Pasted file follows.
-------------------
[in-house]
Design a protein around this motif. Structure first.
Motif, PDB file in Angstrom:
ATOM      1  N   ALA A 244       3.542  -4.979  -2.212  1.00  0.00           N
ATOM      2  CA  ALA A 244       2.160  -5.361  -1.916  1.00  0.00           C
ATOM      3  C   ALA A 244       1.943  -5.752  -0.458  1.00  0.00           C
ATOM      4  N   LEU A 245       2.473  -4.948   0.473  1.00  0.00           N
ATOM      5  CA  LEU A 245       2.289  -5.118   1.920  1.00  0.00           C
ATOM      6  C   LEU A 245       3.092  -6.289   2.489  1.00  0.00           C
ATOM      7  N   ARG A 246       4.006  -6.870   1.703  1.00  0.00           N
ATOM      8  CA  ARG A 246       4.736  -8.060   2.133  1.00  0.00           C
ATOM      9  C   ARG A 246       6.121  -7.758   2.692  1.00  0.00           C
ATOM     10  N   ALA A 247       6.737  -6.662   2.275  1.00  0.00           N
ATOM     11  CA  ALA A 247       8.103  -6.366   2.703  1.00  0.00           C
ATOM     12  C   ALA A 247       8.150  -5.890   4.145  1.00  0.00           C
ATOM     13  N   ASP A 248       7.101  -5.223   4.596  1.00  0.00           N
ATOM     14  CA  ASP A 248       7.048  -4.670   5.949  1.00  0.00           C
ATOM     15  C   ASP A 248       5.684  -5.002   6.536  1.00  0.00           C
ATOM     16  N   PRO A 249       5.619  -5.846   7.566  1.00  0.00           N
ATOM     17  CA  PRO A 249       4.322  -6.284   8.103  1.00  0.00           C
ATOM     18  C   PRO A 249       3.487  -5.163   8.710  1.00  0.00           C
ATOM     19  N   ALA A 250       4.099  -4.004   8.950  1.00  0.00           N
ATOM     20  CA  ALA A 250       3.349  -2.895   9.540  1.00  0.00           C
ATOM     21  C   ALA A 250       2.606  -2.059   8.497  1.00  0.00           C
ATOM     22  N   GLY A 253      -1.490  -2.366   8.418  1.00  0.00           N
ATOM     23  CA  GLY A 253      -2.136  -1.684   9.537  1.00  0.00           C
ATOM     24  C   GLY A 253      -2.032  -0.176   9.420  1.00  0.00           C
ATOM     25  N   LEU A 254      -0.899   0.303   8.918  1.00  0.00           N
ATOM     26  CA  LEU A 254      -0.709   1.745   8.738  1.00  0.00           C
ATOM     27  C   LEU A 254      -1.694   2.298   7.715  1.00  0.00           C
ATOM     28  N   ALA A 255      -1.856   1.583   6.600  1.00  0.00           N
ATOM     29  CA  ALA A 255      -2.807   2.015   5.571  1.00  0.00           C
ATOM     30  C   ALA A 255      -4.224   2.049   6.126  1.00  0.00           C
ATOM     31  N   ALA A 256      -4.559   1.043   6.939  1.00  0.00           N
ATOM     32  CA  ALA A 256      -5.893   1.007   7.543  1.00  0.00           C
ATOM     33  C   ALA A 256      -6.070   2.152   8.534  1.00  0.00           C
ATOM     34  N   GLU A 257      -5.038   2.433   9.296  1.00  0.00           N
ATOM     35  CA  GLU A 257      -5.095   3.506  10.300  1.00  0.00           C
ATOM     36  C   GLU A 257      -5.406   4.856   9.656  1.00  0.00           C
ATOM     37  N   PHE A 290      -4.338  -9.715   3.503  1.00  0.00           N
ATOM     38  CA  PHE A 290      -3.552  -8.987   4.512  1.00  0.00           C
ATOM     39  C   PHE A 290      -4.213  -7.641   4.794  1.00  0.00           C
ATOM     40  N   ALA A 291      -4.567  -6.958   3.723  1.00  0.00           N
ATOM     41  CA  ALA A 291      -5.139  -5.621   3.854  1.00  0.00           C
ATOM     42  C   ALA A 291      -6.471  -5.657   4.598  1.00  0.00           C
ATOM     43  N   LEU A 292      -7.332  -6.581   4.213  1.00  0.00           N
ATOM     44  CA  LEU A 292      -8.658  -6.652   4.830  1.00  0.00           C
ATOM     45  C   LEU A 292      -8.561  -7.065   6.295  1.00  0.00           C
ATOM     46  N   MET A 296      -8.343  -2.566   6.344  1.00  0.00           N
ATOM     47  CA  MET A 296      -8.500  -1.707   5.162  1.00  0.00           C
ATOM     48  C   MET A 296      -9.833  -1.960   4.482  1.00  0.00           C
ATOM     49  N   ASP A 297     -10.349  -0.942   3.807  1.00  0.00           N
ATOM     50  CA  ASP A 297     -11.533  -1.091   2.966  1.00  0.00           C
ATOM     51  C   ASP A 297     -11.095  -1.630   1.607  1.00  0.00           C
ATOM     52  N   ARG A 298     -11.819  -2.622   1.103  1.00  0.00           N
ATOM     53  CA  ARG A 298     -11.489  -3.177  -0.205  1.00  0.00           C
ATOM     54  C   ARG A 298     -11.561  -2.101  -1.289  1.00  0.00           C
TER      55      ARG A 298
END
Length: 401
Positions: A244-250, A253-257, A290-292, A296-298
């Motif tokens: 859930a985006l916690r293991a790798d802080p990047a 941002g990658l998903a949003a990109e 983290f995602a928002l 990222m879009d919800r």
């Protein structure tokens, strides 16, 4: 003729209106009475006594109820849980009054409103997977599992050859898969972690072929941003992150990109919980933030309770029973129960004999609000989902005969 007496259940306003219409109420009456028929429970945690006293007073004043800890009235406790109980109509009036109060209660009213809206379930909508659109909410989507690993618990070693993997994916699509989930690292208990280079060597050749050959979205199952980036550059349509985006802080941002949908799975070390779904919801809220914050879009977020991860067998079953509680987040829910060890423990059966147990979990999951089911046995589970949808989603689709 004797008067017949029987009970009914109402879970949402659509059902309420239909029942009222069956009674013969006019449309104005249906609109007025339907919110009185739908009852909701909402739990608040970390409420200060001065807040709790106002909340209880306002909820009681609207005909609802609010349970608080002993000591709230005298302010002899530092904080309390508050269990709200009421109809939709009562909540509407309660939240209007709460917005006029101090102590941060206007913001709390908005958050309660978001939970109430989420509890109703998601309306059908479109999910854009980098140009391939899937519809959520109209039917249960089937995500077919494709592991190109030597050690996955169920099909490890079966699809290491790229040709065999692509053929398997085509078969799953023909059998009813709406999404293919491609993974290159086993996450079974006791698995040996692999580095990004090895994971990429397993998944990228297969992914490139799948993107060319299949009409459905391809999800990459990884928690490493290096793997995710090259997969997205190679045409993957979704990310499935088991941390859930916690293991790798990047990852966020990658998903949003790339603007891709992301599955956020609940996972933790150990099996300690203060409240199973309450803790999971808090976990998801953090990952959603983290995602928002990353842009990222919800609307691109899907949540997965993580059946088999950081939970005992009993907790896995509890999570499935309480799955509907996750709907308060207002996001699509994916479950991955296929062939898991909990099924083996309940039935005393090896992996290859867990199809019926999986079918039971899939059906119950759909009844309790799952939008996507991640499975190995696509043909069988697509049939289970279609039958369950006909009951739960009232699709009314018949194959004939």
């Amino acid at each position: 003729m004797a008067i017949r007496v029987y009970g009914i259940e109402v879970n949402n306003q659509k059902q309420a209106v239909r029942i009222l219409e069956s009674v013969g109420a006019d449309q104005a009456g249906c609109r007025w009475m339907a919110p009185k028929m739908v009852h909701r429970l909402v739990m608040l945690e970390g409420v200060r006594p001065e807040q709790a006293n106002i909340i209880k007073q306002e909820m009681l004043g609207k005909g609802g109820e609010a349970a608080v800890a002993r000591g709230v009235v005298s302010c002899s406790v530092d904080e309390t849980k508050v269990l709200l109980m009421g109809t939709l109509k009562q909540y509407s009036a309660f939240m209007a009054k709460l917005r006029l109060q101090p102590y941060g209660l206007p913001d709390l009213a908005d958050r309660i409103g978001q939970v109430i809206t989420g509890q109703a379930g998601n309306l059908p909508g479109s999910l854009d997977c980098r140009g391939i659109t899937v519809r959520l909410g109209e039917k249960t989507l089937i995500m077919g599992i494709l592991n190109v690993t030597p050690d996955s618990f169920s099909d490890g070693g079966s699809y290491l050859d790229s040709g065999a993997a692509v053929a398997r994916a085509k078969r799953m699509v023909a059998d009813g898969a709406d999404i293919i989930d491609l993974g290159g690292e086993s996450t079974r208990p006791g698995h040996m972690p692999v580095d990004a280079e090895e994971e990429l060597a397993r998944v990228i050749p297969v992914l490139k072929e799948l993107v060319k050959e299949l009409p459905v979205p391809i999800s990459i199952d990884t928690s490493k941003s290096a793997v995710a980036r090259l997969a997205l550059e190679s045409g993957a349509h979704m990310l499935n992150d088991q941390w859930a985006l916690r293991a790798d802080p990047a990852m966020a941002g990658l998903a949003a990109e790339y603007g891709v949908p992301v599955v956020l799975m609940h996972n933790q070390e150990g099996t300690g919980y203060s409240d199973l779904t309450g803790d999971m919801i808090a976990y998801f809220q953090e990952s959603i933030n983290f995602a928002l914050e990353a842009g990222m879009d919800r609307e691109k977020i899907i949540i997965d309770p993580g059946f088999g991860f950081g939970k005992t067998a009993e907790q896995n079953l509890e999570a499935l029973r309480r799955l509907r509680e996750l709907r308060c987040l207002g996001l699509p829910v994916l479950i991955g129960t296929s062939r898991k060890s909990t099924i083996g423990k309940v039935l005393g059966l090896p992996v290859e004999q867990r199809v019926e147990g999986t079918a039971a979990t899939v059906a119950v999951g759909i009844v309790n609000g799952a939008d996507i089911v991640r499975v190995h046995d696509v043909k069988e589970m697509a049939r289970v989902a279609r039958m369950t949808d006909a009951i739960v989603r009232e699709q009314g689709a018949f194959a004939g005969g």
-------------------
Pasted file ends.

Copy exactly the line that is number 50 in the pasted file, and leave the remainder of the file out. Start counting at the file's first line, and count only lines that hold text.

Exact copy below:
ATOM     47  CA  MET A 296      -8.500  -1.707   5.162  1.00  0.00           C